3 The DOWN exercise The DOWN is taught in a similar way as the SIT. As for the voluntary way this time the dog should lay down in stead of SIT. Then follow the same steps as described under the SI T exercise. Also the other way is similar to the SIT exercise, although now the dog is in the sitting position as you can see in picture2: Picture 2: Teaching the DOWN command You hold a piece of food above its head or in front of its nose, then slowly go straight down with the tit-bit to the ground with the dog s nose following your hand. When the nose touch es the ground you slowly move forward with your hand and the food. In order to get the foo d the dog will lay down. At that moment you re-inforce and give the food. When the dog u nderstands to follow your hand, you repeat this exercise but this time without any tit-bit in y our hand. Once the dog lays down each time you point down with your hand, you introduce the command. But now before you re-inforce you will say the command DOWN, followed by the reward. The dog will only fully understand the command when it follows the comma nd without the hand signal. The STAND exercise Also here you can re-enforce the dog s natural behavior, meaning you use those moments th e dog stands by itself. The other way is when the dog is in the SIT position (see picture 3). Picture 3: Teaching the STAND You squat down next to the dog and hold with one hand a tit-bit just in front and close to its nose. With the other hand you push up the dog s belly gently. At the moment the dog stand s up you re-inforce and, then give the reward. You continue this exercise until the dog stand s up by itself as soon as you hold your hand in front of its nose at nose level. Only then you introduce the STAND command in the same way as is described under the SIT and DOWN exercises. The STAY exercise The command STAY means in fact nothing more than remain in the last given position until I tell you otherwise. In fact this command is a bit superfluous, because whether you gi ve the SIT, DOWN or STAND command, the dog should also remain in that position until y ou command otherwise. Picture 4: Teaching the STAY Usually you start teaching the STAY from the SIT-position. From the SIT position the dog can much better follow where you go and feels, therefore, more secure resulting in a quicker STAY. While standing next or in front of the dog and holding your hand up, as shown in picture 4, you command STAY. After only 1 second you re-inforce followed by the reward. Once t he dog gets the point you slowly increase the time to 2 seconds 3, 5, 9 15, 30 etc. You also i ncrease the distance between you and the dog. First you do one step away from the dog, the n 2, 3, 4 etc. and you move around the dog. However, you do not move behind the dog until

4 it clearly responds to the command. This same method you can apply when the dog is in the DOWN- or STAND position. The dog has fully understood the command after he stays at l east one minute with you out of sight. The HEEL exercise Before starting the heel-exercise you should get the dog s attention, as shown in picture 5. Once you ve got its complete attention you do one step forward. The easiest way is to have a food reward visibly in your hand, approximately at the height of your face. Most dogs aut omatically and enthusiastically will follow while looking up at you (or the reward). Once he puts one paw forward you immediately re-inforce this step and then give the reward. However, if he looses attention you start again, but this time while you do the step forward y ou call the dog s name too or you use a squeaky toy. When the dog gets the point you make more steps before re-inforcing and rewarding. Build this up slowly until you can heel the dog for at least 15 steps. Then you can start building i n corners. First big round corners; the better the dog heels the sharper the corner becomes u ntil you can do 90 degree corners to the left, right and right- and left-turns. Picture 5: Teaching the HEEL The recall exercise with the frontal SIT This exercise should be divided in two and well the recall exercise and the frontal SIT exercise. Once the dog performs both exercises well you can put them together into one wh ole exercise. The recall can be taught in several ways. For example: you can use each opportunity when the dog comes voluntarily, whether it comes for attention, for food or for a play. At the mo ment you see the dog coming you call its name and command, in an happy and excited tone of voice, COME. For making yourself less threatening to the dog (especially sensitive dog s and puppies respond well to this) you squat down and spread your arms in an inviting way, as shown in picture 6. Once the dog has come you re-inforce while making a great fuss of it before giving the reward. Do not force the dog into the frontal SIT, just reward the coming. Picture 6: Calling the pup while squatting down and spreading the arms Another method is when you have the dog (in the beginning on leash) in the SIT-STAY or D OWN-STAY. At a certain distance, not too far, you call the dog. Also this time you can be nd over, maybe clap your hands, while calling him in a happy and exciting voice. In this wa y the dog will learn that it is fun to come to you. Separate from the recall exercise you practice the frontal SIT. For this you place the dog in the SIT position and position yourself in front of the dog, resulting in your dog sitting in the frontal SIT position. You command gently PRESENT or FRONT, re-inforce and reward the dog for sitting correctly before releasing him. Once the dog understands what is expected from it you can do one step back before calling him into the FRONT position, then do two steps back and finally 3 or 4 steps. For each correct performance you re-inforce and then reward. When the dog performs both exercises happily and readily you can combine them into one e xercise. First you call the dog COME, when the dog has reached you at about 3 steps dista nce you gently command PRESENT or FRONT. If everything goes well the dog should position himself in the frontal SIT followed by your re-enforcement and the reward.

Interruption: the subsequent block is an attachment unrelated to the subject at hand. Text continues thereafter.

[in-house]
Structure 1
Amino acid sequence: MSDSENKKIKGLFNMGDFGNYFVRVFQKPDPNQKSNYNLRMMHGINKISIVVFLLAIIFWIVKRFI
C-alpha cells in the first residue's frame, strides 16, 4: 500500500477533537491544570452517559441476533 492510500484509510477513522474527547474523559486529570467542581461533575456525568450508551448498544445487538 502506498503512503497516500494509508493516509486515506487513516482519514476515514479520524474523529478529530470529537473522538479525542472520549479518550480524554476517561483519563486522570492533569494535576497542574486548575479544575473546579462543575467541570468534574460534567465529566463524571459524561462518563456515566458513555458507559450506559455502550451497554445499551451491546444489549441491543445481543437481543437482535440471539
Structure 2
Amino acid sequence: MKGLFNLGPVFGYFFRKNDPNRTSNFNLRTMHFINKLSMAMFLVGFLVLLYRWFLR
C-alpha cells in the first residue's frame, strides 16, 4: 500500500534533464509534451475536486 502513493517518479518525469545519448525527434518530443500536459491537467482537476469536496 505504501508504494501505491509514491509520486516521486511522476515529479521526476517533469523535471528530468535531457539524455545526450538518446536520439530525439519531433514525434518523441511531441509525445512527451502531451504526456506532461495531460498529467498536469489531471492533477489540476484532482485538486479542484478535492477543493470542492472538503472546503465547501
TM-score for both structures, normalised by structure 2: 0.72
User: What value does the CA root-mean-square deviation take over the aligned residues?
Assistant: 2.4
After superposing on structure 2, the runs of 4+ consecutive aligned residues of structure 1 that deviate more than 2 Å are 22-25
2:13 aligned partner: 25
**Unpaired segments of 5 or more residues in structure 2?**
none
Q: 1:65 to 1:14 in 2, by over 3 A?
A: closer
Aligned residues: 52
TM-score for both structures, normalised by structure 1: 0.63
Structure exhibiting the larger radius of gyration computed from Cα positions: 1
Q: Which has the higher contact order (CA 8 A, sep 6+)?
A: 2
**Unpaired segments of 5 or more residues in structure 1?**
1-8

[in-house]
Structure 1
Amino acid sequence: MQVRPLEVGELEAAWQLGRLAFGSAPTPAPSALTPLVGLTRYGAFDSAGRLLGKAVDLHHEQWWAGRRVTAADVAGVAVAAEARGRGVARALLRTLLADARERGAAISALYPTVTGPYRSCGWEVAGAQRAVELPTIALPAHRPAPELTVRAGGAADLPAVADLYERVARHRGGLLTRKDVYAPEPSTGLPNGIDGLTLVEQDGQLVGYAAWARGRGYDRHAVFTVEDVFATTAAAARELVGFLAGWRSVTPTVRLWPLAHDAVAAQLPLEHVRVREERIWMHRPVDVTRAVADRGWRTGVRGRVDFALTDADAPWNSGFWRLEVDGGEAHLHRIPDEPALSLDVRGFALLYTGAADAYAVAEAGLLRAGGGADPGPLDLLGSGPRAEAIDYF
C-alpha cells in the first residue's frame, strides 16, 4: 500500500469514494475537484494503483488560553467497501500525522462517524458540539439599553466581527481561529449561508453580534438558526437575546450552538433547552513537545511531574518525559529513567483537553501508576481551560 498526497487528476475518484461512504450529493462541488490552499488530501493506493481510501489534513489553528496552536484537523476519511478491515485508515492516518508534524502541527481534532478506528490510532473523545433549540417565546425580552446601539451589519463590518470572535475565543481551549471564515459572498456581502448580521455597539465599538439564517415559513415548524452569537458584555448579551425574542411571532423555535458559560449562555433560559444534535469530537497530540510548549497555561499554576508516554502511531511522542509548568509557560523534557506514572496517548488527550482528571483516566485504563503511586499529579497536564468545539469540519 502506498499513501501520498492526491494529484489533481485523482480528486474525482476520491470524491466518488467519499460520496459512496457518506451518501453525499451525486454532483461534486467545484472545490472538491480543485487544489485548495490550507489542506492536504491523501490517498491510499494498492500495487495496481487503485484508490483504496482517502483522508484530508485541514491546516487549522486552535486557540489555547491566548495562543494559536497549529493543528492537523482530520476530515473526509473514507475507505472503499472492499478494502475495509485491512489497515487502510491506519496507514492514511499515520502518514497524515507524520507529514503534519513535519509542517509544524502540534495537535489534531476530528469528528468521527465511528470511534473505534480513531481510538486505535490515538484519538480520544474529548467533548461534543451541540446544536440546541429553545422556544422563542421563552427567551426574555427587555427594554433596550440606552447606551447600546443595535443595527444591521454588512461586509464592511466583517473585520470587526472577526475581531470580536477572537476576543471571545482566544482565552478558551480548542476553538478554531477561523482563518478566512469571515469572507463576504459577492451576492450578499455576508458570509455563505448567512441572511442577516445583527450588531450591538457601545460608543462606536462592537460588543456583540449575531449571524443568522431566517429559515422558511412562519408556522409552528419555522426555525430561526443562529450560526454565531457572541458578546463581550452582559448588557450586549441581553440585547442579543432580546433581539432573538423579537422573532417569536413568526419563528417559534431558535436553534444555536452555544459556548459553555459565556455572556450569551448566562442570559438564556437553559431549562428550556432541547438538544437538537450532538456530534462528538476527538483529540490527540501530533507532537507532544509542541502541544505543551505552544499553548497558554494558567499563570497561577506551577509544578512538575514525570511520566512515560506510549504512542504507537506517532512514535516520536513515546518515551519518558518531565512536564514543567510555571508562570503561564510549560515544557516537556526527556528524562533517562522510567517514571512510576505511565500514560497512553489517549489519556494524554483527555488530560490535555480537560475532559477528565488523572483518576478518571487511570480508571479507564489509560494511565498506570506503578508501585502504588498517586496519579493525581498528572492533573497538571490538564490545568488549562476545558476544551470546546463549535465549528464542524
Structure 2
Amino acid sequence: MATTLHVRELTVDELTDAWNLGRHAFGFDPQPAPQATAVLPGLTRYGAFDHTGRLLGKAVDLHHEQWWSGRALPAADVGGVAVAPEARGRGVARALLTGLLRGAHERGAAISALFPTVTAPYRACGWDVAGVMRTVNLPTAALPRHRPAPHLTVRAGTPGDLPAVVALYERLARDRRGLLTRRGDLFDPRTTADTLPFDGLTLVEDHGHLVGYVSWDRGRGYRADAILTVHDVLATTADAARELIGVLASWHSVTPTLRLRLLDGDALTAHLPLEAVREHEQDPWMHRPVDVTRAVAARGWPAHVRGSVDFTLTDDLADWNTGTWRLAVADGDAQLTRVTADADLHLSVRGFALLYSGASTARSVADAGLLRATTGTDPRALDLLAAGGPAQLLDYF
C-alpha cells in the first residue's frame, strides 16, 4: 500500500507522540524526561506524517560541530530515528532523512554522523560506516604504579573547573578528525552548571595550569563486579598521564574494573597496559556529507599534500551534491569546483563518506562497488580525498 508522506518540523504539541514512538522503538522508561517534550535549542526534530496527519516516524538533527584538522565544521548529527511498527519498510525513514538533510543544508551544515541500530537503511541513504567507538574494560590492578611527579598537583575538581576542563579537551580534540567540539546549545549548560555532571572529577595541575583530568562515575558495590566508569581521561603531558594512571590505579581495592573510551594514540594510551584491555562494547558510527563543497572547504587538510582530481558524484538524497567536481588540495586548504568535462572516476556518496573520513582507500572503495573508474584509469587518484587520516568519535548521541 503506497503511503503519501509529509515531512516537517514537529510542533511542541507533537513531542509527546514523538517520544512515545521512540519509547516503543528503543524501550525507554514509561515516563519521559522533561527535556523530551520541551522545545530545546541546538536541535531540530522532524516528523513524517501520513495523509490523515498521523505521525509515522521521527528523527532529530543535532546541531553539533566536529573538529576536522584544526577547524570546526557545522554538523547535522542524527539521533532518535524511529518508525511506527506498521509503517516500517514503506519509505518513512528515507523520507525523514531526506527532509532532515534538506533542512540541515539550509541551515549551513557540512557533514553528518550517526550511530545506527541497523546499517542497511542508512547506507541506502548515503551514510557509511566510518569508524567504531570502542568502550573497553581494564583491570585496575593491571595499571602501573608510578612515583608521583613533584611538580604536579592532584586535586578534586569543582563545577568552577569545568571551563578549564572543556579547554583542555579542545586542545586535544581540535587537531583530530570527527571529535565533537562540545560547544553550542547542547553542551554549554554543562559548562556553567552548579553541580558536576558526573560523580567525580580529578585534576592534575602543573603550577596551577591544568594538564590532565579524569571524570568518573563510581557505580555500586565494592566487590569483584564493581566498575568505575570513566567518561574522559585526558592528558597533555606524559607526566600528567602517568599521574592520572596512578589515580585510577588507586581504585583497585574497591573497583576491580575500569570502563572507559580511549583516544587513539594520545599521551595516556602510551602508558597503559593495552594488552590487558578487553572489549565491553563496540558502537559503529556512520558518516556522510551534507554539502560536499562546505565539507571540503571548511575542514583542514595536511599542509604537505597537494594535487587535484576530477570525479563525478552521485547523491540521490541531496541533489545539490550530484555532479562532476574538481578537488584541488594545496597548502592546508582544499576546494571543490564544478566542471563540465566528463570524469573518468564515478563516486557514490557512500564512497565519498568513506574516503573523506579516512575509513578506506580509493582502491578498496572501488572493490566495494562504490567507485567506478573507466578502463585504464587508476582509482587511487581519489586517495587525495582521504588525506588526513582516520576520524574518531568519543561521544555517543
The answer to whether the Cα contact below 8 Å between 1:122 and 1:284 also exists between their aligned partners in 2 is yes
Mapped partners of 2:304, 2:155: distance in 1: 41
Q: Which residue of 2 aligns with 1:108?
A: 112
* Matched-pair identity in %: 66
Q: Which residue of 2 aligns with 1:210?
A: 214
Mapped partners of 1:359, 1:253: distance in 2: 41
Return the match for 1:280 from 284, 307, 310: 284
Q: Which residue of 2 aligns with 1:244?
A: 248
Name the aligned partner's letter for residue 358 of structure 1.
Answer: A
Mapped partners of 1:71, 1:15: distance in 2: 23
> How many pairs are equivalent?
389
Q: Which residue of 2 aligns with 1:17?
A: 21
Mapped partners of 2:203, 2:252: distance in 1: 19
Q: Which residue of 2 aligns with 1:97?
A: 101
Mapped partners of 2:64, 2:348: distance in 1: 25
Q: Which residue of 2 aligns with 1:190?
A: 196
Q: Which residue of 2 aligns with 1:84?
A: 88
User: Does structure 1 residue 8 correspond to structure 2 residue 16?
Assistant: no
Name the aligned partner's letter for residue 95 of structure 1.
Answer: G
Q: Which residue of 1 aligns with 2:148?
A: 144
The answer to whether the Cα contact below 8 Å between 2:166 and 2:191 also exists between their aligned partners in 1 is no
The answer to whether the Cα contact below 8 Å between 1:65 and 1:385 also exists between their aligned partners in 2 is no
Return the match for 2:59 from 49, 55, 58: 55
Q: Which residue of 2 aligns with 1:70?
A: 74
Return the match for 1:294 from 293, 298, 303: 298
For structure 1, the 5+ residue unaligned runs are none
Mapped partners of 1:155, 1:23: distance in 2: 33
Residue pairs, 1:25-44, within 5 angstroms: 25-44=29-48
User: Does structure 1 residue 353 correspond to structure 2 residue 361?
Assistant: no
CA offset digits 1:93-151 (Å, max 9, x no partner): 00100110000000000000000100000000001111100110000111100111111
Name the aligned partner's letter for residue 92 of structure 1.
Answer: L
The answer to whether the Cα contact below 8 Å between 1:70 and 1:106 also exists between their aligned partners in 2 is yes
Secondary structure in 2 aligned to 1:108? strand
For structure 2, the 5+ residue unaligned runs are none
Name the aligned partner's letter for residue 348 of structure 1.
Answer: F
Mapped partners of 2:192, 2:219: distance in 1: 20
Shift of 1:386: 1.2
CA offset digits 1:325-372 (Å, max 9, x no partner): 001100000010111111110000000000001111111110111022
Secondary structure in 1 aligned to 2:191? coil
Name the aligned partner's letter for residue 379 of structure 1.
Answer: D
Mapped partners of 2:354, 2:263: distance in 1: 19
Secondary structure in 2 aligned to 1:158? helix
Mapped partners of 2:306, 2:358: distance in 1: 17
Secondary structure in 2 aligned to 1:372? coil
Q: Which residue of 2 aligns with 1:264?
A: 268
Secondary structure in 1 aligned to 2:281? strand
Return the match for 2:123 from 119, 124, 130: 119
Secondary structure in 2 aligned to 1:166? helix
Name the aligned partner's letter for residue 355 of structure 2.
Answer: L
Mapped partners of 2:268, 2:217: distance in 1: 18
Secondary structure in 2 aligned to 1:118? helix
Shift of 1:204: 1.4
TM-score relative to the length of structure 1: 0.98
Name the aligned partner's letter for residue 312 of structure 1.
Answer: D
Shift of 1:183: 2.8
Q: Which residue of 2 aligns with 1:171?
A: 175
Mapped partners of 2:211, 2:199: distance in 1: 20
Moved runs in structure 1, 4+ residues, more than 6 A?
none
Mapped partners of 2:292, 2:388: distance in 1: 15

5 Picture 7: Teaching the recall with frontal SIT The FOOT exercise This exercise is in fact the finishing tough of the recall exercise or the retrieve. Arrived back in the frontal SIT position, after you have called him (or when he retrieved an obstacle), the dog is asked to return to the heel position at your left knee side. Ideally, the dog should pass close to your right leg, stay tight to your body as it goes behind you and sit to heel exac tly with its shoulder at your left knee, as shown in picture 7: Picture 7: Teaching the FOOT The dog is in the frontal SIT position while you show a food-reward visibly in your right hand. You move your right hand behind your back with the dog following your hand, or actually the food-reward. Behind your back your transfer the food-reward into your left han d and guide the dog around to your left side where the dog is ordered to sit, followed by the re-inforcer and then rewarded by the tit-bit. Once the dog understands this trick you introduc e the command FOOT at the moment you start leading him around with your right hand. But only once the dog sits at your left side you re-enforce and reward. We wish you good luck and lots of fun while training your dog! Created by: Ms. Nienke Parma, B.Sc., M.D. LuckyDogs Prt.Ltd., Chiang Mai, and Certified dogtrainer/instructor and -behaviorist. September 08, 2004.